HartsFabricLaminated

I tried covering the chairs two ways so I’ll lead you through the process for either stapling the fabric directly to the chair seat, or sewing a slipcover with elastic. These instructions include measurements specifically for the Ikea Borge chairs, but they could be modified for whatever chair you have.

Stapled Seat Cover

Let’s begin with the easy one, stapling! I used a staple gun with 1/4″ staples. For each seat, cut a rectangle 22″ wide (the fabric total width is 44″ so you can get 2 widthwise) by 20.5″ long (this measurement is along the selvage edge). These measurements give you 2″ to wrap around the back of the chair and 2 1/2″ for the other 3 sides.

IKEA Chairs with Laminated Cotton Covers: Sew or Staple? | Craft Buds

To begin, lay the top of the seat against the wrong side of the fabric. Position the 22″ side of the fabric just beyond the screw holes at the back of the seat and place one staple in the center. Then put 2 more staples to either side of the center one for a total of 5 staples about 1 1/2″ apart. Hammer down any staples that are sticking up at all. Any of the photos in this post can be clicked on for a larger view.

IKEA Chairs with Laminated Cotton Covers: Sew or Staple? | Craft Buds

Stretch the fabric to remove any wrinkles and staple it to the front of the chair with 5 staples starting in the center and moving out to the sides 2″ apart. Then stretch the sides and do a row of staples on each side, starting in the center and moving out to the sides for a total of 5 staples 1 1/2″ apart.

IKEA Chairs with Laminated Cotton Covers: Sew or Staple? | Craft Buds

Next staple down the front corners. On the back of the chair, first fold one piece of fabric tight toward the corner and staple down. Fold the other flap toward the corner and staple down. Next take the triangular flap you’ve just created and pull it tightly toward the middle of the chair and staple it down. From the top it will look slightly rounded and have 1 small fold on each side of the corner.

IKEA Chairs with Laminated Cotton Covers: Sew or Staple? | Craft Buds

Last, staple down the back corners. This is a little tricky as there is a notch cut out for the back of the chair. From the back of the chair, fold the fabric from the back edge of the seat toward the middle of the seat and staple in place. Then fold the fabric from the side of the seat toward the middle until it’s nice and tight. Staple into place. Then take the triangular flap you’ve just created, pull it tight and move any wrinkles into the center of the notch in the seat. Staple into place. When finished your fabric will look nice and smooth with no wrinkles! If you’d like, trim off any excess fabric corners that are sticking out.

IKEA Chairs with Laminated Cotton Covers: Sew or Staple? | Craft Buds

 

 

Sewn Slipcover Seat Cover

This method took a bit more work. If you are using non-laminated fabric it’s nice that it can be removed to wash, but for these particular chairs you would have to remove the 4 screws holding the seat down before you could remove it. To use this method, first print out my free pattern (this link will open a pdf in a new window you can save or print). Pattern was designed using Ikea Borge chairs purchased May 2015, just in case they change the style in the future! Match up the stars in the pattern and tape the five pattern pages together. To use this pattern your fabric will need a small amount of give so you can stretch it tightly over the corners of the chair. It’s a little tighter than the slipcover that comes with the chair so you’ll have a nice smooth top with the laminated cotton. If you use the pattern, try making just one cover first to make sure it’ll work with your fabric!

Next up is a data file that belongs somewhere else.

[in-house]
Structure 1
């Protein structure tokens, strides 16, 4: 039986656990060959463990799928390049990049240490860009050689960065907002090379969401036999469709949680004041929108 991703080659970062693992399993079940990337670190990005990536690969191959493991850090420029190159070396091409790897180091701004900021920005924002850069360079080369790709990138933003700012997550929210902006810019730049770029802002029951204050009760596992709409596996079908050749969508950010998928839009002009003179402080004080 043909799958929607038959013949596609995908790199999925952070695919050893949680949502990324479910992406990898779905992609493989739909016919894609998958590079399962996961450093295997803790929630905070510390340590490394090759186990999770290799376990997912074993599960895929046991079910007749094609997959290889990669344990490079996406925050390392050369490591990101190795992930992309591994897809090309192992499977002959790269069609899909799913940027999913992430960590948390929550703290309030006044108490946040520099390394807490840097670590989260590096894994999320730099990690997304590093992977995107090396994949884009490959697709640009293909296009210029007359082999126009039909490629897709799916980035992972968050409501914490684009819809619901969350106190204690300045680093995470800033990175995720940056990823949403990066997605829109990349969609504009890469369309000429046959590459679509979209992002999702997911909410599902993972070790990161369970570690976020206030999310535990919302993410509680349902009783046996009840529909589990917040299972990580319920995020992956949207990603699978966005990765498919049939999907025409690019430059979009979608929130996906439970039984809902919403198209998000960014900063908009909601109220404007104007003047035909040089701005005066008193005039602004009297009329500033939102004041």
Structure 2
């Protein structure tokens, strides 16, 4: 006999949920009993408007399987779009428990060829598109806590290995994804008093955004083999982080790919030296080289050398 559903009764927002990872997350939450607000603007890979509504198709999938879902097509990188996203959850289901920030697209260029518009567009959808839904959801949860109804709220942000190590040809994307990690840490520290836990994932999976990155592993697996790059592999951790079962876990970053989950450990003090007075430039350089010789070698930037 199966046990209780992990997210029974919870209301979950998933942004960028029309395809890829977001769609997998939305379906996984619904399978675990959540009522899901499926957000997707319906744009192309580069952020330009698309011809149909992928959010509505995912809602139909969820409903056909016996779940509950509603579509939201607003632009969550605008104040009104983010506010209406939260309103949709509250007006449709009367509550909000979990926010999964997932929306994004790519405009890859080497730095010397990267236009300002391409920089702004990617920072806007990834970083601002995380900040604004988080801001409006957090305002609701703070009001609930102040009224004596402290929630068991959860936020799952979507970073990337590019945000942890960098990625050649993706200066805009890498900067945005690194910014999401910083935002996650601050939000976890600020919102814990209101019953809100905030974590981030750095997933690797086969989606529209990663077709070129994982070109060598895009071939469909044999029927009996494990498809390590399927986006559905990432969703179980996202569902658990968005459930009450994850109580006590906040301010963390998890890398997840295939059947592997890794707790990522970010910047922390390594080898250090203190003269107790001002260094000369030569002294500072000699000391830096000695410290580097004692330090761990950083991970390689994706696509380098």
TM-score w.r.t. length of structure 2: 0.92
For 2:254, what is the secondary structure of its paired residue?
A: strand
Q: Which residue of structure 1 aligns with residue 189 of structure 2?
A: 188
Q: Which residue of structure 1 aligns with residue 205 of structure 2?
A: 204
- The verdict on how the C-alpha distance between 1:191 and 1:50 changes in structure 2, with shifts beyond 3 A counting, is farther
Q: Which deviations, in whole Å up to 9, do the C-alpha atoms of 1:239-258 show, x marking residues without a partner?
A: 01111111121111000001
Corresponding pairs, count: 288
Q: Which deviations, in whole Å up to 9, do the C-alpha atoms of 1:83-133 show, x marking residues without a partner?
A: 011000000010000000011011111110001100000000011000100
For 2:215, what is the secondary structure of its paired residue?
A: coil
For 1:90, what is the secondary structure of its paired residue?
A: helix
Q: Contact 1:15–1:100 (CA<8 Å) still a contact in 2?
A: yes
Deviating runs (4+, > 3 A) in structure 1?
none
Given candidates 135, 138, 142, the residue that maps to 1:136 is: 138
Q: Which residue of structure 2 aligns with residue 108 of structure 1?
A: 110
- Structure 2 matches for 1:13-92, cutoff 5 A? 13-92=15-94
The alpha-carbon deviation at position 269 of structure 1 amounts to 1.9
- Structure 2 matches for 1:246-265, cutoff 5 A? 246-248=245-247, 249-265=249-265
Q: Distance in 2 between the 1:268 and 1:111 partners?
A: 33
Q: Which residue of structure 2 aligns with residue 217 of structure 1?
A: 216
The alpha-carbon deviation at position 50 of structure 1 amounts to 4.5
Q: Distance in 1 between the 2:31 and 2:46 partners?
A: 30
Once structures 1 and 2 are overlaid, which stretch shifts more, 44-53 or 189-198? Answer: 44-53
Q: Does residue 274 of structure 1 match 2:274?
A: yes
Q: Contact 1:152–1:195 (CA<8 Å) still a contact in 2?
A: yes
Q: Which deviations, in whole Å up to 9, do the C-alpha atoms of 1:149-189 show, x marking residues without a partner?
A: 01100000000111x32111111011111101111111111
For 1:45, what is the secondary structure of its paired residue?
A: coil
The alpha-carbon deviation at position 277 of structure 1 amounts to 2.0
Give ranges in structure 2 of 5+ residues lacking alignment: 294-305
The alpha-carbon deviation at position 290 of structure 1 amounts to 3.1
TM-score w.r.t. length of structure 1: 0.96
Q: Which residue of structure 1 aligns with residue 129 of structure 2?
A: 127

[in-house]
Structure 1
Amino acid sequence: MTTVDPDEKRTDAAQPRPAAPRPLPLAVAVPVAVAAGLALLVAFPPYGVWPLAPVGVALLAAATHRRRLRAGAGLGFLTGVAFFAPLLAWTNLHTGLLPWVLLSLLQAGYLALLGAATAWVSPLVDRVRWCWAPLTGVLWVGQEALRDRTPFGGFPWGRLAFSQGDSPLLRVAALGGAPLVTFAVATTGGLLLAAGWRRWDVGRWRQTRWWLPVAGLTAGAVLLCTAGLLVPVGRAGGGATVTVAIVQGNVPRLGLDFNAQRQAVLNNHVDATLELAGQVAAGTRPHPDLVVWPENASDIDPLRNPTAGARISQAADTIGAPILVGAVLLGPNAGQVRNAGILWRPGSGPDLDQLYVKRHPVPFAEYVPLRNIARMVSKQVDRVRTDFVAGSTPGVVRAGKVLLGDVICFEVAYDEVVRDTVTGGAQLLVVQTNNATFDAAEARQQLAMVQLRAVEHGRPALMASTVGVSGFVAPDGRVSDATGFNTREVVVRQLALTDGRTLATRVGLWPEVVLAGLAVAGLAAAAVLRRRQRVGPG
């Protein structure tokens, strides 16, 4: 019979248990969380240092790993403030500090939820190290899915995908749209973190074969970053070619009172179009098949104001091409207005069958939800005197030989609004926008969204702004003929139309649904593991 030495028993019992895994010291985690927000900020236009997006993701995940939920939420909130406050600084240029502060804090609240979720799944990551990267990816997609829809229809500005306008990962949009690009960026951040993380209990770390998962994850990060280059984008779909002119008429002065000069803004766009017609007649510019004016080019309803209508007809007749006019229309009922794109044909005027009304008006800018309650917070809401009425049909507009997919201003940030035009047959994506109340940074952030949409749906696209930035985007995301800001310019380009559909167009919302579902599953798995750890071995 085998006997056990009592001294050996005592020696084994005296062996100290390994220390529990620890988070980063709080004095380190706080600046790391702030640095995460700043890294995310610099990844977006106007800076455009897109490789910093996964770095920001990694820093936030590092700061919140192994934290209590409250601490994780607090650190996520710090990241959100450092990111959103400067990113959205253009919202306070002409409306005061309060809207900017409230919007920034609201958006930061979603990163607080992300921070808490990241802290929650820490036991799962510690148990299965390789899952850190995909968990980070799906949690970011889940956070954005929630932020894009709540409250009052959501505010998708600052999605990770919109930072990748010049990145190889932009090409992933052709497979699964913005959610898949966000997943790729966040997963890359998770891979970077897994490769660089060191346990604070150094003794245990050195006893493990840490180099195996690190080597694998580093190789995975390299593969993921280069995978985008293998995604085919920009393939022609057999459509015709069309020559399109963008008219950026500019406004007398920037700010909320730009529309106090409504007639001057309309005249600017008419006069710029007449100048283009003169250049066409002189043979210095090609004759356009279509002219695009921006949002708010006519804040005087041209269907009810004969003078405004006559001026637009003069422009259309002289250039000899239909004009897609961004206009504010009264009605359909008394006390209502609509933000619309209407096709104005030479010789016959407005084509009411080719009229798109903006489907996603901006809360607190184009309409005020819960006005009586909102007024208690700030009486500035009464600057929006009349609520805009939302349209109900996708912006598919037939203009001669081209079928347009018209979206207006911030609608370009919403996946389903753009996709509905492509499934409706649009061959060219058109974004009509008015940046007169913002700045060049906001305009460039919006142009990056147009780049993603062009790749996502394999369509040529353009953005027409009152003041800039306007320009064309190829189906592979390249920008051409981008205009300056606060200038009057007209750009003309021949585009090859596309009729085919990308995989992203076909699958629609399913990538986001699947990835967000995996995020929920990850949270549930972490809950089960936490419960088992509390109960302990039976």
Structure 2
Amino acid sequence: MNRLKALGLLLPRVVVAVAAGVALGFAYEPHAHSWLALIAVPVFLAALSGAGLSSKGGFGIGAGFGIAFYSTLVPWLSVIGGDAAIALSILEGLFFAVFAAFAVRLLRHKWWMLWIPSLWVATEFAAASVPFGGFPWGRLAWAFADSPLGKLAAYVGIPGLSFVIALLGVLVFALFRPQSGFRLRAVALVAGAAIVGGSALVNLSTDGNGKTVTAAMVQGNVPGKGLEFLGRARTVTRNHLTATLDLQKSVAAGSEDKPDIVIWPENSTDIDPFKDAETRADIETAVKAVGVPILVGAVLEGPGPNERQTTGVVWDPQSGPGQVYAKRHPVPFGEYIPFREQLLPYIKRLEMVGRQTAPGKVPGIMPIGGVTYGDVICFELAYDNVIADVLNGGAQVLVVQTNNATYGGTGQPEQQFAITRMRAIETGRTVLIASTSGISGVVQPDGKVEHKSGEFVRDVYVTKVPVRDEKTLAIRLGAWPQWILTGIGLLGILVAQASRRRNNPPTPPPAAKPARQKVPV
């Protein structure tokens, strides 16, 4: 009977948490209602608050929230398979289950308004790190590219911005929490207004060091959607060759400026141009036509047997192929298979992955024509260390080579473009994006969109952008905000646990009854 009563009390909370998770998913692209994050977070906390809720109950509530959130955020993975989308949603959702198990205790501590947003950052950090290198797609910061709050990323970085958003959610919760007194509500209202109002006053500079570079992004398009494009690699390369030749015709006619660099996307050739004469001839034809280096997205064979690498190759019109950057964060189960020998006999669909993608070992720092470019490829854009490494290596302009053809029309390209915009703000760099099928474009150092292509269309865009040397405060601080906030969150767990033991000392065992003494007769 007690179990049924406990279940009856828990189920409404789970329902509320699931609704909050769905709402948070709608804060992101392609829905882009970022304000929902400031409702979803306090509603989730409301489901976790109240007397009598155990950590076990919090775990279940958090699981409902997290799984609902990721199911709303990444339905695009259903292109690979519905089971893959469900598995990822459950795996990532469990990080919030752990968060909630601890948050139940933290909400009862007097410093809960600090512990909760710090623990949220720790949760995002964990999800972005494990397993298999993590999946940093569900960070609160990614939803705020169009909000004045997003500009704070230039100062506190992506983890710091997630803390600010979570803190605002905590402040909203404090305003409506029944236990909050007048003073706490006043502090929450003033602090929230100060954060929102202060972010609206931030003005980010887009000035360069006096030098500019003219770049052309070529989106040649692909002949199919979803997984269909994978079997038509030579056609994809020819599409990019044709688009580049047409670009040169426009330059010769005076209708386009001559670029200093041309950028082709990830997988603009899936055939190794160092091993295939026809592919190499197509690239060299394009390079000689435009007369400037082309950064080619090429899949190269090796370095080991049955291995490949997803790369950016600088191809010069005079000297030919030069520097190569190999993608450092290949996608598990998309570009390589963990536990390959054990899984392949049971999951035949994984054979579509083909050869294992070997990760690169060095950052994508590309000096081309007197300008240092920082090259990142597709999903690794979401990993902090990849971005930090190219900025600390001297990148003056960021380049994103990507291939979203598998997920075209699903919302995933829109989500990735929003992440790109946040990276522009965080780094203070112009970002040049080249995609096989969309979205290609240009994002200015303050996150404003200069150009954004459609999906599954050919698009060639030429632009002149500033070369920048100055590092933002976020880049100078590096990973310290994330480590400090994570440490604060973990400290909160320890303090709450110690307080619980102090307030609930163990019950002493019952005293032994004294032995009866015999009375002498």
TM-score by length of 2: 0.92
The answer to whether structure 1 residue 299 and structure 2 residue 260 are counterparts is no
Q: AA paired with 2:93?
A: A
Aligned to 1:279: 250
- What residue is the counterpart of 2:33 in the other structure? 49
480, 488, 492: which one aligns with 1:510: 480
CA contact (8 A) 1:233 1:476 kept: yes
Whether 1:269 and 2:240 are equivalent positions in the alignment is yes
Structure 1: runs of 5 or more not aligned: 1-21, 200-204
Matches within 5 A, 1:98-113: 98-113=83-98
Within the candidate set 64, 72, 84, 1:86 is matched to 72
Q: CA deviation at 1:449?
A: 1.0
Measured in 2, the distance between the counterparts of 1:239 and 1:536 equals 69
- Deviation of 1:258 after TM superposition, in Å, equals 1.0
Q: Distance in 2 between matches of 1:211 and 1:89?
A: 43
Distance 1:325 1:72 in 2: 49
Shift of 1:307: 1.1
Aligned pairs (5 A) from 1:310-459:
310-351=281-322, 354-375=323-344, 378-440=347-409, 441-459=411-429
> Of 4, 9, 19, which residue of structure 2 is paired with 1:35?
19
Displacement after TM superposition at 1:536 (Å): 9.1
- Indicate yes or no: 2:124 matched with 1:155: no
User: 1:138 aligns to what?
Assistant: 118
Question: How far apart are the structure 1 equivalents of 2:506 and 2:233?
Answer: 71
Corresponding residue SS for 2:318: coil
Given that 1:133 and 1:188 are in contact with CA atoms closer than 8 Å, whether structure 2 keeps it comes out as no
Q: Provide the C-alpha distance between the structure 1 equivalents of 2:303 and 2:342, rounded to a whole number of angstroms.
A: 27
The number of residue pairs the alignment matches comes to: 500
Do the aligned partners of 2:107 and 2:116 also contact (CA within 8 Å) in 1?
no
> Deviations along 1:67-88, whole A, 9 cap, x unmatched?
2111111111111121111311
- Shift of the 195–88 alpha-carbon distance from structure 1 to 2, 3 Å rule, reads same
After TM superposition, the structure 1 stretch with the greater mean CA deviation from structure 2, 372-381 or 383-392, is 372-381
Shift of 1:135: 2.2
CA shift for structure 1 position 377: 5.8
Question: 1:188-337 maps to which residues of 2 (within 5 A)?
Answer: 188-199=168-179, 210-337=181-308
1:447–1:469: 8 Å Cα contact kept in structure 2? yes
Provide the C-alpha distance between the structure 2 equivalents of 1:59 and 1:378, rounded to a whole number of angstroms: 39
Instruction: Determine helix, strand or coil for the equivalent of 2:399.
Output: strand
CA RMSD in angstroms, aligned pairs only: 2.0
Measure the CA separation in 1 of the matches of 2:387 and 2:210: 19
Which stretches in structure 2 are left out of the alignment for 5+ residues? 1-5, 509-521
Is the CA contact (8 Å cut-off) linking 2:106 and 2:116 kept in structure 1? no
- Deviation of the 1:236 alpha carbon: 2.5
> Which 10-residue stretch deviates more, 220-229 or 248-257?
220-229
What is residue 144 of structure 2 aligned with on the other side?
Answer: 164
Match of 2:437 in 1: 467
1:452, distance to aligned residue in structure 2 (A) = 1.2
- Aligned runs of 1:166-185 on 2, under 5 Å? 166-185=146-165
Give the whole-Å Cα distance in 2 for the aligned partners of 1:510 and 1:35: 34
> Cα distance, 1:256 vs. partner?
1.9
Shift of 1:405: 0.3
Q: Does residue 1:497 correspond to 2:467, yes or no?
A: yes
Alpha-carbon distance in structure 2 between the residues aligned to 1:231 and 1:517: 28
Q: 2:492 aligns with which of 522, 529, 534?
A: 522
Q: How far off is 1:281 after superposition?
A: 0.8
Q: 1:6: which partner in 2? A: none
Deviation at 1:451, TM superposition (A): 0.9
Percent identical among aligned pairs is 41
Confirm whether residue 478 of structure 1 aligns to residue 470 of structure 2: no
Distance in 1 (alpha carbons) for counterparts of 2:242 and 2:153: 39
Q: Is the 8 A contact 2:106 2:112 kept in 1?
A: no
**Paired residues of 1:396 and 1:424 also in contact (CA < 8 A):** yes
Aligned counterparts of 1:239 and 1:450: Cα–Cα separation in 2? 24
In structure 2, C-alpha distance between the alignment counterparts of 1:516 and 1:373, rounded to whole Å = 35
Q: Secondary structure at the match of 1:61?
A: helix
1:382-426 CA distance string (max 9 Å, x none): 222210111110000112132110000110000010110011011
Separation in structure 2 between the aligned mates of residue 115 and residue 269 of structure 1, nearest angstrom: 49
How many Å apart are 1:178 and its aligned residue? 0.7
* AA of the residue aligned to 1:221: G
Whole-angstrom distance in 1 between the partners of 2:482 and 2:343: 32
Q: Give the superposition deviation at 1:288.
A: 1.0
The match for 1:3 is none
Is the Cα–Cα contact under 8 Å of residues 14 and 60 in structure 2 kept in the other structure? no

To stabilize the fabric, either use a serger along all the edges or a sewing machine to do a zigzag stitch close to the edge. Then fold the fabric on each side (but not the corners) under by 5/8″ and sew with a 1/2″ seam allowance. This will form the casing for elastic. In the photo below you can see I used a roller foot to help the laminated cotton glide more smoothly through my sewing machine. If you don’t have one, you can try putting matte finish Scotch tape on the bottom of a regular sewing foot to keep it from sticking to the fabric.

IKEA Chairs with Laminated Cotton Covers: Sew or Staple? | Craft Buds

On the wider side of the fabric (the front of the seat), bring right sides of the corners together and sew with a 1/2″ seam allowance from the fold to just before the casing and backstitch to secure.

IKEA Chairs with Laminated Cotton Covers: Sew or Staple? | Craft Buds

On the two remaining corners (the back corners), bring the notched out section of the corner right sides together and sew from 1/2″ away from the edge on the fold, down to the edge of the fabric.

IKEA Chairs with Laminated Cotton Covers: Sew or Staple? | Craft Buds

Thread 3/8″ elastic through the casing on all 4 sides. Use a nice firm elastic with  around 50% stretch (a 4″ piece will stretch to 6″ before it starts to resist). Start in the back corner and leave at least 5″ sticking out at both the start and finish. Fit the cover around your seat and pull it snug in all directions. Smooth out any wrinkles, pull the elastic tight and then tie it in a knot. If you don’t have firm elastic, string will also work if you tie it in a tight bow so you can un-string it later to get the cover off.